Google Search Quality Ratings
In November 2015, Google released a 160 page document about Search Quality rating guidelines. This document aimed to help Google Search Quality Raters understand how to rate the search results they are testing. The document was then updated in April 2016. In this article we look briefly at the key points of the November release, and the key changes in the April update.
What, you might ask, is a Google Search Quality Rater? Search quality raters generate ratings that are used to evaluate the quality of search engines around the world. The aim is that a good search engine such as Google will give results that are consistently helpful for users in their specific language and locale.
So what guidelines do Google’s latest documents give about Search Quality ratings? Here is a brief summary of what the November document and April update advise companies to do to ensure that their websites perform well in search quality ratings:
The November document
- 1. Improve your 404 (page not found) message. Don’t just alert users that there is a problem finding the page but give them help such as possible explanations as to why the page couldn’t be found and provide a list of popular links that may be helpful to them.
- 2. Provide helpful contact information such as phone numbers and email address(es) rather than just a contact form. This can dramatically increase the perceived quality and reliability of your site.
- 3. Keep your pages and links up to date. Ensure that page content is maintained regularly to avoid inaccuracy of important information and also that there are no broken links or images, both of which can reduce the perceived quality of a page.
- 4. Think carefully about the format of any advertisements on a page. Ensure there are not too many and they are not invasive or confusingly placed; also that they do not load before the main content of the page. All these factors diminish the user experience.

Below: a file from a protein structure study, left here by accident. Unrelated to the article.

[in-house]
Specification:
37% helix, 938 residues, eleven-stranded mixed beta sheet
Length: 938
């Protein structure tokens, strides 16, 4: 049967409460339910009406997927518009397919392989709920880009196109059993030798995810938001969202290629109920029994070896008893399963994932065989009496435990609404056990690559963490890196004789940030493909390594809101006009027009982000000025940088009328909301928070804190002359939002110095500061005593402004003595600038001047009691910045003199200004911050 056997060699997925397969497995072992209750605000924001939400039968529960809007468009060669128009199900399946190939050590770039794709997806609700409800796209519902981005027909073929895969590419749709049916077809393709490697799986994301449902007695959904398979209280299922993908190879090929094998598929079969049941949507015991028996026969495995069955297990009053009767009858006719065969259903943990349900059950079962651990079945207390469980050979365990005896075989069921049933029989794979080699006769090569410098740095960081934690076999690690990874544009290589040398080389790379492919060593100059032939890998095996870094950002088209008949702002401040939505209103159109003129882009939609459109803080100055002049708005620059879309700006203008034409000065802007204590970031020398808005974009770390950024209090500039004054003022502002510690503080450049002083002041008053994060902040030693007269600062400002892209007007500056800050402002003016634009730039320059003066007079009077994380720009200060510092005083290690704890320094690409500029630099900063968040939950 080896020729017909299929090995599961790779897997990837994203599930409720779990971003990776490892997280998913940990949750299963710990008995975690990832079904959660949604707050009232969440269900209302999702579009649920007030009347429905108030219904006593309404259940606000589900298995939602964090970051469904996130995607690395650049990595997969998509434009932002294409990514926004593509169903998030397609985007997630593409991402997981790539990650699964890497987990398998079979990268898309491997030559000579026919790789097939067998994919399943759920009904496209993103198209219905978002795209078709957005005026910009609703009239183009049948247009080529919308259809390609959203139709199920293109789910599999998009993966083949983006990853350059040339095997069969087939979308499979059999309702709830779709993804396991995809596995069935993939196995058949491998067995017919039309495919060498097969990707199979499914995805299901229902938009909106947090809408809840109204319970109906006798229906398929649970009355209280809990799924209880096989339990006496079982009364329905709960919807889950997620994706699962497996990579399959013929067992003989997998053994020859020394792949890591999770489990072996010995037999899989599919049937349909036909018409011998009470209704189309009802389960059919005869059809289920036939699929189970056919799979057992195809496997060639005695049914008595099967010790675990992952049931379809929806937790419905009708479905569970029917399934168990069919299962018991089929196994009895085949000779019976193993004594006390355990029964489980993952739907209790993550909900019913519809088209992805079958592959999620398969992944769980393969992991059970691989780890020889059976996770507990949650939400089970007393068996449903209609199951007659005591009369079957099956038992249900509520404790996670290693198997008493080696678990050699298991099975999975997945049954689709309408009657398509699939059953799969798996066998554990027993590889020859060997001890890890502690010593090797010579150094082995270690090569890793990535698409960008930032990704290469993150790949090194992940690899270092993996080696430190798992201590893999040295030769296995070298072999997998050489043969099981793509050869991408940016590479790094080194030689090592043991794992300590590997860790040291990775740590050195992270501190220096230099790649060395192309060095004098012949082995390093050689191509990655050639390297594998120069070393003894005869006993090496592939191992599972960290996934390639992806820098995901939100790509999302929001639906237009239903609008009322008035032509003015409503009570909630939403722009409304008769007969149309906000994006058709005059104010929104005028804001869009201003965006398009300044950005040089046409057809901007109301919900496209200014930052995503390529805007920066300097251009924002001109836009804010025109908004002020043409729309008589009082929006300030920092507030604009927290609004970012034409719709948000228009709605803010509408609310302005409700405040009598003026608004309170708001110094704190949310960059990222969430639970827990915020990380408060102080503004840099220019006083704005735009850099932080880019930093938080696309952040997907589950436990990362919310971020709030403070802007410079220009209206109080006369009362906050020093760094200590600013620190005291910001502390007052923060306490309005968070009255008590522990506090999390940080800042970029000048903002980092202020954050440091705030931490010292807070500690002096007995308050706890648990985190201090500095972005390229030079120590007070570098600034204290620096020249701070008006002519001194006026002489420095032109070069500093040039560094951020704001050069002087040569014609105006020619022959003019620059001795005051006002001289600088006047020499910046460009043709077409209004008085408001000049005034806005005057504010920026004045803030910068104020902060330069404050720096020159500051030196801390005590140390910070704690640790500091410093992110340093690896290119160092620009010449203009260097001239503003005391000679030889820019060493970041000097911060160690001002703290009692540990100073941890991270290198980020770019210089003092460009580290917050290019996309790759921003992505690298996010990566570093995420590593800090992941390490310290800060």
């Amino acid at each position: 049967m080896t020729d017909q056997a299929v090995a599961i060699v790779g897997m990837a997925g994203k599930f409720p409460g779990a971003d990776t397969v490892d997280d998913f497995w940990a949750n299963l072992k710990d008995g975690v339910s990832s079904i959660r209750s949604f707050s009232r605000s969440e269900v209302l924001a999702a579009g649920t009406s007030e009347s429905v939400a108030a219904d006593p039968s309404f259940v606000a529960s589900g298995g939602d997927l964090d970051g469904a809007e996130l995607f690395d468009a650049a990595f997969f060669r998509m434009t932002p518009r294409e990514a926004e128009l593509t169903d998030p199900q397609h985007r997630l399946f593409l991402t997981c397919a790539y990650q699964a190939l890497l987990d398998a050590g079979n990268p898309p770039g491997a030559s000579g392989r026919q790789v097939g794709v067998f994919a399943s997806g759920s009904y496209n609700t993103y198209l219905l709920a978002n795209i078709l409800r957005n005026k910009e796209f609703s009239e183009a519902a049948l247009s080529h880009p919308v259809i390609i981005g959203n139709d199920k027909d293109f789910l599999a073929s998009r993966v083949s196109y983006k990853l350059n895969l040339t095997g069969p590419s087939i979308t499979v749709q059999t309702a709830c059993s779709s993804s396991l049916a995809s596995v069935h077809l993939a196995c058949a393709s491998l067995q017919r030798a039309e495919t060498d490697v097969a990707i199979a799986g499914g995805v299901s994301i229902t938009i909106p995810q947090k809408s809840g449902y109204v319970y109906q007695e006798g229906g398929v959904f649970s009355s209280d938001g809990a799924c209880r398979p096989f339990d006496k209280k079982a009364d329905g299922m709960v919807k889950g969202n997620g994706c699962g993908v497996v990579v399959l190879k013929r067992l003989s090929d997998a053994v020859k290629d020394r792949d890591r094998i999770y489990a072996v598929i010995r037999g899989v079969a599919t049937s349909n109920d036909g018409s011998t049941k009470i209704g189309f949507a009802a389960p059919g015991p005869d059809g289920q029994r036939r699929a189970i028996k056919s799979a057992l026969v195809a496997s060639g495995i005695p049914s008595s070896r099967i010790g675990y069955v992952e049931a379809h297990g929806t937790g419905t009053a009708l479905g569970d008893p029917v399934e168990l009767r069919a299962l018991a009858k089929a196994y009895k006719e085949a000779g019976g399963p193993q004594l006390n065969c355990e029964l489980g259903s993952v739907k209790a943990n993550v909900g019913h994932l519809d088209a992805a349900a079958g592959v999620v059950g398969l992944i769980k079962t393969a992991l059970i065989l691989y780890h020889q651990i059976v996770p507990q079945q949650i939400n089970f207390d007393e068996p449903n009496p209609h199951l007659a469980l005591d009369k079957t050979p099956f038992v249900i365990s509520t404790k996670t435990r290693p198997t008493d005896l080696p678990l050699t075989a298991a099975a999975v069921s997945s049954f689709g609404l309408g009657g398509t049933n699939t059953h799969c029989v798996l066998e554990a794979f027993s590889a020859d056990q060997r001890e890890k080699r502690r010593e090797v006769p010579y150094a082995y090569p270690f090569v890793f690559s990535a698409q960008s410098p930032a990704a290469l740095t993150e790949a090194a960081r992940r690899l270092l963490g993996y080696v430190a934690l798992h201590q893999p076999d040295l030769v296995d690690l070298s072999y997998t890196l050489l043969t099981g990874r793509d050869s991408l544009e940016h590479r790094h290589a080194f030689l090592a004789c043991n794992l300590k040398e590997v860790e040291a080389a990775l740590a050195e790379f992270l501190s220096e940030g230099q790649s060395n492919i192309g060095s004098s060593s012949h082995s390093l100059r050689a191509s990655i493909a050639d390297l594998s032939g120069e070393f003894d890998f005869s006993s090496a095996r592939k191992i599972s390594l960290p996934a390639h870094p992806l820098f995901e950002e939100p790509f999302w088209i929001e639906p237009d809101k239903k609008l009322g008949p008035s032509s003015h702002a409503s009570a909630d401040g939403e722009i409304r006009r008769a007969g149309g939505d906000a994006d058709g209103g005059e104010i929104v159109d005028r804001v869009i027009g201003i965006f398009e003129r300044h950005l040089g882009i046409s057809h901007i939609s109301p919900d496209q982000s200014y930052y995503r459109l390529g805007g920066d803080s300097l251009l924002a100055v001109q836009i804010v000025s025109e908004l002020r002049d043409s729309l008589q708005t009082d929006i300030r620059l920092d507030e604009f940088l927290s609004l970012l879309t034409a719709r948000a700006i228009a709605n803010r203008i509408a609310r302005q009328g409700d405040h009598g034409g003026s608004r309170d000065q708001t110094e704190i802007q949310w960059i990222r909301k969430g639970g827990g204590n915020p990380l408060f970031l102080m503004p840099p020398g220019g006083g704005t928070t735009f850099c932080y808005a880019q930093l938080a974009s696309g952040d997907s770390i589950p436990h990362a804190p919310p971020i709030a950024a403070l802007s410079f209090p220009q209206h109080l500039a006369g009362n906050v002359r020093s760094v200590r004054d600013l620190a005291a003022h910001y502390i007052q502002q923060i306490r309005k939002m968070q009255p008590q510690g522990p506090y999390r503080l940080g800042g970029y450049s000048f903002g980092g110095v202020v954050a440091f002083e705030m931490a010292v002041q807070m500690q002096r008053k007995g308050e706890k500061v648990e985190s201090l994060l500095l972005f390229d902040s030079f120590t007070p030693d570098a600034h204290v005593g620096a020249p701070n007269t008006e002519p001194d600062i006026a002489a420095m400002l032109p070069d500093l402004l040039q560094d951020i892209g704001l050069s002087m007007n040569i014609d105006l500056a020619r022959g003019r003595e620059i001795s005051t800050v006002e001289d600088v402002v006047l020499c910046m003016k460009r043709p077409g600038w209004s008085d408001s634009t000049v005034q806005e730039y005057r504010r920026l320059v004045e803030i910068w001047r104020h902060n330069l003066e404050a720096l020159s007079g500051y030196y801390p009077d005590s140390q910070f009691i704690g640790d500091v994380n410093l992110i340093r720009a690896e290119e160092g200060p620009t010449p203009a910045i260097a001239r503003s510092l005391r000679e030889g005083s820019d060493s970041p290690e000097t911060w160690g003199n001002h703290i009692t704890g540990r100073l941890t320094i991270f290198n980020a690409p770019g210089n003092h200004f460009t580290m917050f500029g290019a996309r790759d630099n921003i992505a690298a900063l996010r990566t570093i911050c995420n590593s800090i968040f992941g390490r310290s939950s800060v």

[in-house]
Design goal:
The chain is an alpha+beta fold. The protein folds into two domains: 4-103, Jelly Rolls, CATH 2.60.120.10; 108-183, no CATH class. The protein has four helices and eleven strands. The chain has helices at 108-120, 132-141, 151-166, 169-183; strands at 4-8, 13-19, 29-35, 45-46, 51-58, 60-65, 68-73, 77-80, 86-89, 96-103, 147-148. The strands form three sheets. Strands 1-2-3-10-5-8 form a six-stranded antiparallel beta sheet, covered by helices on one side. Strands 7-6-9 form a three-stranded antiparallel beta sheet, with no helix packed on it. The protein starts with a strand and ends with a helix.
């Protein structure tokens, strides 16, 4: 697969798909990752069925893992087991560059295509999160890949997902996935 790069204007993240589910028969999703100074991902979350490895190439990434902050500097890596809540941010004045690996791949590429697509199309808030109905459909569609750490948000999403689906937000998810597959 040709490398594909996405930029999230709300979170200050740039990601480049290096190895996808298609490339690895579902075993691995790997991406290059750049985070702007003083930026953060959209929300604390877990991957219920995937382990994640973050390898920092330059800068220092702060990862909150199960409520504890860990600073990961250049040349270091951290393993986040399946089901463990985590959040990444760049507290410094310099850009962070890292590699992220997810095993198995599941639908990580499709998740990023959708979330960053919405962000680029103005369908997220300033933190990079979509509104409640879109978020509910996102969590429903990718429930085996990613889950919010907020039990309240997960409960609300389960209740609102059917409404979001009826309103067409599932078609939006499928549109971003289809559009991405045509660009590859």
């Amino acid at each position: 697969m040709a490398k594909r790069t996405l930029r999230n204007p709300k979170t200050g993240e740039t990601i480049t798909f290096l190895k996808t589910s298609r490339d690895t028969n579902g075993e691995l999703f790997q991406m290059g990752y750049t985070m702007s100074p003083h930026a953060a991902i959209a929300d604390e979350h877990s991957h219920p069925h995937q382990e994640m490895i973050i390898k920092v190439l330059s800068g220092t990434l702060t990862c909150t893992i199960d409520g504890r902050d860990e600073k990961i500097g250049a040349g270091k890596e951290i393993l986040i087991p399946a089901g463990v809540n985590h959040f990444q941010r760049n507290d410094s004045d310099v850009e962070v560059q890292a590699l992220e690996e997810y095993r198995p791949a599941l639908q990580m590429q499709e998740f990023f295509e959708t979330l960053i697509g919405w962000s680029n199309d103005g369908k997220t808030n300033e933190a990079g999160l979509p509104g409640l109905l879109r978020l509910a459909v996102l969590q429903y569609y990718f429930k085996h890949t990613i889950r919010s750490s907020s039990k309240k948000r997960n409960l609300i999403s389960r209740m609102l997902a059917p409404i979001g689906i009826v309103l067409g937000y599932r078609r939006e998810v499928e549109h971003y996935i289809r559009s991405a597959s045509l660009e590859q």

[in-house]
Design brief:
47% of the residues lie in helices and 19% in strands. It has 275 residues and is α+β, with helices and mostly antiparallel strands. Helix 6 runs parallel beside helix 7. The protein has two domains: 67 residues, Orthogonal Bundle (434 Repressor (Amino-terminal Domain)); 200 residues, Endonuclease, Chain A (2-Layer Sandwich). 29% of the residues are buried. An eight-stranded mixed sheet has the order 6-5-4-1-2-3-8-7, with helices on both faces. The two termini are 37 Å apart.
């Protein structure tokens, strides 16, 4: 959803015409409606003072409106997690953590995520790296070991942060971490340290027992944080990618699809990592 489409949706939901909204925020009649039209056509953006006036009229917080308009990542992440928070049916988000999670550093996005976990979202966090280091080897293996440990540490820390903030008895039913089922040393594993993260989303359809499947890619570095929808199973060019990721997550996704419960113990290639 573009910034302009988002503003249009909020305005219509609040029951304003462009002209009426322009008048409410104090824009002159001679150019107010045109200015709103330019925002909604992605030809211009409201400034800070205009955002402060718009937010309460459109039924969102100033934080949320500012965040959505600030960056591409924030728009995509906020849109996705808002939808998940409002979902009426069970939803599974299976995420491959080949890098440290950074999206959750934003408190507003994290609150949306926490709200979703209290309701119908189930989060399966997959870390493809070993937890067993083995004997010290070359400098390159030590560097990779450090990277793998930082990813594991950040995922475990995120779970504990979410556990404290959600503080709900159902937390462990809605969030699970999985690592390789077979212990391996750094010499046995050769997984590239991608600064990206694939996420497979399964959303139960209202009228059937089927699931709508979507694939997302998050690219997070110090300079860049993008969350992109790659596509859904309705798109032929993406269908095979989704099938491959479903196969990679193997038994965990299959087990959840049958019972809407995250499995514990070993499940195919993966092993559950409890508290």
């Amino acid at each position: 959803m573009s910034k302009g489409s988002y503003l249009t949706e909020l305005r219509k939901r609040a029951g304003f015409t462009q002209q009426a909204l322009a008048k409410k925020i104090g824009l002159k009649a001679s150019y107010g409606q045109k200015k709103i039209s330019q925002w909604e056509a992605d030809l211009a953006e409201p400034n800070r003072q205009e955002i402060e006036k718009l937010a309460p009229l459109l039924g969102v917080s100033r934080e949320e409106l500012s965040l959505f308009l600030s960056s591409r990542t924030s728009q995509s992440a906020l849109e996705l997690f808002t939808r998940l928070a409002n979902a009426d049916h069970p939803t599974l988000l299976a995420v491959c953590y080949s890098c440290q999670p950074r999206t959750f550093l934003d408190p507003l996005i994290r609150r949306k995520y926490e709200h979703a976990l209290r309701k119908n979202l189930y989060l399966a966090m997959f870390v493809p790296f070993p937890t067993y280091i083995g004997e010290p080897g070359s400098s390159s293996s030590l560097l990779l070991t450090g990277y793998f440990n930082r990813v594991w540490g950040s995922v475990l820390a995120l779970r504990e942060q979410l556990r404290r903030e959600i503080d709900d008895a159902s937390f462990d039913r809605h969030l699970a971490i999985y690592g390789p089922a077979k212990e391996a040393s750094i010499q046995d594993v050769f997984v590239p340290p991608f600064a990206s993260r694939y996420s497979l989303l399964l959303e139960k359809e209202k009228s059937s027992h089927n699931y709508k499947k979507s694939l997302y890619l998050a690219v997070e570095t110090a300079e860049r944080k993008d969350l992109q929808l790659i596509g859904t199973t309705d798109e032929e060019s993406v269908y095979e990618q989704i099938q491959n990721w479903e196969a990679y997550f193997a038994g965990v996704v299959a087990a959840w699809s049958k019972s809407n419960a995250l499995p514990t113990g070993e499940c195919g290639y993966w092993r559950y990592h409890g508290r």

- 5. Check carefully for spelling mistakes and bad grammar. Google cites “writing quickly with no drafts or editing” as a common failing on web pages. You should already be checking for poor spelling and grammar but be aware that Google Quality Raters are looking for them, too!
- 6. Check your facts! Google’s Quality Raters are instructed to look beneath the surface to see the overall picture not just of immediately obvious page design but also the accuracy or otherwise of facts. Incorrect information is indicative of low quality pages.
- 7. Avoid the temptation to cut and paste. Quoting content from other acknowledged sources (such as this one relaying information from Google!) is acceptable but just copying chunks of content from other websites is not.
- 8. Ensure that significant content has an author where appropriate. If your website features articles then make sure that there is also an author name, whether a specific named person or a generic business name.
- 9. Always implement Google’s 3 PQ (Page Quality) guidelines
- I. There are three types of page content: Main (MC), Supplementary (SC) and Advertisements. Make sure there is enough MC (main content). It is important that main content reflects adequate time, effort, and expertise, and also that there is an appropriate ratio of MC to SC to ads.
- II. Maximise the E-A-T levels (Expertise – Authoritativeness – Trustworthiness) of each page and of the website as a whole. This is especially important for so-called YMYL pages (Your Money or Your Life) that offer advice that could impact on people’s financial future or overall well-being.
- III. The reputation of the website. This is extremely important when the website demands a high level of trust
The April Update
There are four main changes in the April update:
- Less emphasis is being placed on supplementary content – see item 9I above. Whilst previous guidelines have stressed the key role of SC this is now being regarded as less important.
- The Local aspect of search ratings is becoming increasingly important. Google is now referring to this as “Visit-in-Person” in these updated guidelines.
- There is even more scrutiny of E-A-T and YMYL pages – see item 9II above. Google is increasing the importance of PQ (Page Quality) even more than when they originally introduced it.
- Mobile search listings – reflecting mobile friendly sites – are increasing further in importance and are featured more in Google’s examples and guidelines.
So, how does your website fare according to the above guidelines? Would it perform well in Google’s Search Quality Ratings in its current state or are there improvements you need to make? We hope that this article has helped you identify those changes that you need to make and that you soon see the results of making those changes.
Author: Robert Walker